There were around 30 people lining up outside the doors in various queues. One line had elderly people, worried parents with sickly children, and others with rough bandages or terrible coughs. That line was for those sick looking for healing from the Temple. The next line had more animals than humans, and must be where they were brought to be checked for diseases (interesting that they still have a sort of ‘customs’ to check for disease). Though these were all smaller animals, the horses must be examined elsewhere. In the third line were Sadorians carrying bags of spices, to trade their tribe’s quota of spice of tokens. Elspeth was surprised that none of the lines were moving, but then saw that there were some barefooted men and women moving around the lines, who must be the Temple guardians, clearly the work is done outside the Temple rather than inside. I share Fian’s disappointment that we do not get to go inside and explore the interesting temple.

Elspeth moves closer to hear the exchange between on of the guardians and a Sadorian woman. The guardian asks her, “What do you seek of the earth?” Elspeth could not see the man’s face, as all the guardians were cloaked. The woman told him a great list of her ailments which he listened to intently, and then he gave her a stick, which he told to boil in water and then drink. Fian noted that it was just a relaxing herb that he gave her, and thinks that this makes the guardian a fake and is giving her something that isn’t really treating her. Elspeth paid little attention to Fian, and wondered what the fourth line was for, as people did not look ill or carrying spice or trade-wares. Elspeth heard another guardian speak to a person in that line, and found that it was for people seeking wisdom and guidance. Hearing what the guardian suggests for dealing with his worry about his son marrying, Fian thinks it just common sense, and I can see that he thinks this whole thing some sort of sham, but I think having someone say what you are thinking makes you a lot more confident that think is right, actually is right, and we just need to hear reassurances to get us over the line to act. Something Dameon agrees with.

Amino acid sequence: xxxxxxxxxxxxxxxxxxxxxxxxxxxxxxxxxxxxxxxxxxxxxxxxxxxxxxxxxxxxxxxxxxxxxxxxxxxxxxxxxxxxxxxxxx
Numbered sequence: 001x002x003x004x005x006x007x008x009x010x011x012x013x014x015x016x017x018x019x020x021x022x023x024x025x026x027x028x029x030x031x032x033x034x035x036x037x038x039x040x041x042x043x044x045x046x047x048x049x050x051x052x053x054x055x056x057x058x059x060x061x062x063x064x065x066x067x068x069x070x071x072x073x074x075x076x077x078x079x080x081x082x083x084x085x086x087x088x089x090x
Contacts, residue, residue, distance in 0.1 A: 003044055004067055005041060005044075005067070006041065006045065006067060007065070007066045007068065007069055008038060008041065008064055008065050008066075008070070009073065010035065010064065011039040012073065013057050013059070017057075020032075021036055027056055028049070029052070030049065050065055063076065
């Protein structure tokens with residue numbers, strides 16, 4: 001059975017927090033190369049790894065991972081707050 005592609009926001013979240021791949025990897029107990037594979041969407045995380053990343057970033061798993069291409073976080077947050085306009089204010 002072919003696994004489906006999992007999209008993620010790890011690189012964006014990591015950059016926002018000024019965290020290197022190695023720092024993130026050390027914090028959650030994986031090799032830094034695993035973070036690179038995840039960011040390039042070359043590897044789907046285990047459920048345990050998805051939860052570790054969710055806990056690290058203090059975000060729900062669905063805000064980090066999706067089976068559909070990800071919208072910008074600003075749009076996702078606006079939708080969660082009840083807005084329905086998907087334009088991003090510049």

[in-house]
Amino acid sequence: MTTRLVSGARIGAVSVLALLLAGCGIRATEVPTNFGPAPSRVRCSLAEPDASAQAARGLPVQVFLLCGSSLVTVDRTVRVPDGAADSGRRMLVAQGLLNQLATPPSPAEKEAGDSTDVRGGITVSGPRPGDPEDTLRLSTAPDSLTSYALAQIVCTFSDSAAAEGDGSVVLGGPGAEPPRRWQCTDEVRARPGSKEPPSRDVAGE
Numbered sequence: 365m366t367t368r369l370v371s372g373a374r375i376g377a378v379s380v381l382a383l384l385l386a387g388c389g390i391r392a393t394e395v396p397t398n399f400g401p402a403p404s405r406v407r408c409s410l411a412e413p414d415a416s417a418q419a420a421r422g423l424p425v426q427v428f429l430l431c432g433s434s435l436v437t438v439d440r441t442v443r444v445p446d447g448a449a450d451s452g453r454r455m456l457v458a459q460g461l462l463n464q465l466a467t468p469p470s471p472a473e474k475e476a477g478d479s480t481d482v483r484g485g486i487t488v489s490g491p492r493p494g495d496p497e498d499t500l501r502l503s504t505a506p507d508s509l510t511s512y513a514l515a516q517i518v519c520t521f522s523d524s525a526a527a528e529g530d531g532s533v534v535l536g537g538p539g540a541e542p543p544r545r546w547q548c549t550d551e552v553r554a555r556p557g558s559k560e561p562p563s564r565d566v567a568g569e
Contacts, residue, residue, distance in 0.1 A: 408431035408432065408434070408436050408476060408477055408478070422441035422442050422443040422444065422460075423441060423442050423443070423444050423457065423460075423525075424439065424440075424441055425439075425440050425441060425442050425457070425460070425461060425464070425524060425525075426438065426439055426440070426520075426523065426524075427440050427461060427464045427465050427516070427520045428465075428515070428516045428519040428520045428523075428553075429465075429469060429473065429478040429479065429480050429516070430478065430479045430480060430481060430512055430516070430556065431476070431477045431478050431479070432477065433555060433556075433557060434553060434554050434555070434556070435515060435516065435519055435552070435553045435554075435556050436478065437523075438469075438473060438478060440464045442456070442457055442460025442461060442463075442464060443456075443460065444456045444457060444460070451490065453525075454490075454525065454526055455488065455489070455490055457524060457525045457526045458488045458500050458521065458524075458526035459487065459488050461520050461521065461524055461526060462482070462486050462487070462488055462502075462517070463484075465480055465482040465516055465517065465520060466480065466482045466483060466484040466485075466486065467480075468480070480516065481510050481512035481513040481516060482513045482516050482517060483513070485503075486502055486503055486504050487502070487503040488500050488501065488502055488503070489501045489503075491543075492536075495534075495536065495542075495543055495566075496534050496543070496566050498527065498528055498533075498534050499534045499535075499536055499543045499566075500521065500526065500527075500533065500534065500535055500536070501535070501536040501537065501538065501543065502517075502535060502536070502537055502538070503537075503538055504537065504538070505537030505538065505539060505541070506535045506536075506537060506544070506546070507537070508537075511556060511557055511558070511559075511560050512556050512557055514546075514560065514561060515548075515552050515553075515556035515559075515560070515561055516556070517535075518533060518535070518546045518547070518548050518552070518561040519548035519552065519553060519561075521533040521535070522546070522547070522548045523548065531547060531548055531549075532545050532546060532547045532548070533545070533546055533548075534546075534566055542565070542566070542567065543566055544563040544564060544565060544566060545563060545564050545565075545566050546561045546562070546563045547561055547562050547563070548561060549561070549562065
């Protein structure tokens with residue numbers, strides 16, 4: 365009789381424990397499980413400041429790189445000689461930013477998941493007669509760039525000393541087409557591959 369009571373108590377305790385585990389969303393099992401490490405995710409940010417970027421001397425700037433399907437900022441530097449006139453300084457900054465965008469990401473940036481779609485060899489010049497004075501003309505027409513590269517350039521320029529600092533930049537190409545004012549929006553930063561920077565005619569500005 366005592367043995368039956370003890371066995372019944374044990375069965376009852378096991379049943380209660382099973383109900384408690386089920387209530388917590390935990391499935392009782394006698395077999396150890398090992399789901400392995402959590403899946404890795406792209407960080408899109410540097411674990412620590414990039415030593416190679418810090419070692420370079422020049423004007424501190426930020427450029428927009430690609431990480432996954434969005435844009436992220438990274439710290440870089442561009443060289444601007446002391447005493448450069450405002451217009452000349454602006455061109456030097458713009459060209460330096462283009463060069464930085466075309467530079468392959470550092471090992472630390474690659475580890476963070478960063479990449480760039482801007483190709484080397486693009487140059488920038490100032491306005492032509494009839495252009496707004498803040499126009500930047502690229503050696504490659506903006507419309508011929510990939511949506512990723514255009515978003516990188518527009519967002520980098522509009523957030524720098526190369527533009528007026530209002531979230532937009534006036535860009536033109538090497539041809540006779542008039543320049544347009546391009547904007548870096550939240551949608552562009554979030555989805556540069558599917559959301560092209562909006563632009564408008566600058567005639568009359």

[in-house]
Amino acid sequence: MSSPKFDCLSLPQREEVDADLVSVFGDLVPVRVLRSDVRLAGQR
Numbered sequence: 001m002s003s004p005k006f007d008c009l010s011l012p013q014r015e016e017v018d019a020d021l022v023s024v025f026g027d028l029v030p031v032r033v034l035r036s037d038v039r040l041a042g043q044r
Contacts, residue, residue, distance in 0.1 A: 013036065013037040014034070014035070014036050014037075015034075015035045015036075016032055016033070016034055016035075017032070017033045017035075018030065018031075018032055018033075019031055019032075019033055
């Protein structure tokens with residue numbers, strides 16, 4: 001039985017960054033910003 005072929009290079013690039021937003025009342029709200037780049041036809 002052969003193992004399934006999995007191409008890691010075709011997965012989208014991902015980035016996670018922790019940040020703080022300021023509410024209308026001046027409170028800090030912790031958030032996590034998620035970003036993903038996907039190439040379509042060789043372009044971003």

On the fifth and final line, a guardian is holding a two bags, clearly exchanging coin. Elspeth tells the others to wait as she goes to join the end of that line. The guardian approaches Elspeth, and she asks again what she is seeking of the earth, and Elspeth responds that she is paying respect to the earth-goddess and here to exchange tokens. She exchanges the coin for the earth tokens, she lifts Elspeth’s arm and makes a sign, but whatever she says is drowned out by a scream. A youth that Elspeth saw earlier in some sort of fit, has come running towards Elspeth, and she thinks he is going to attack. But instead he asks her whether she has brought the Moonwatcher. The women with the youth, rush over to take him away and tell Elspeth that when such fits come over him, it looks like he is possessed by demons. The guardian asks, when the women have left, who she is in a strange tense voice. Elspeth tells her that she is a visitor from the Land, and the guardian wants to know who. Elspeth tells the truth and mentions Jakoby, an answer which seems to calm the guardian and she bades her to find harmony and nurture the earth. What just happened? Why did the guardian get so odd, is the Moonwatcher some sort of evil thing? What is the moonwatcher or who is it? I have no idea.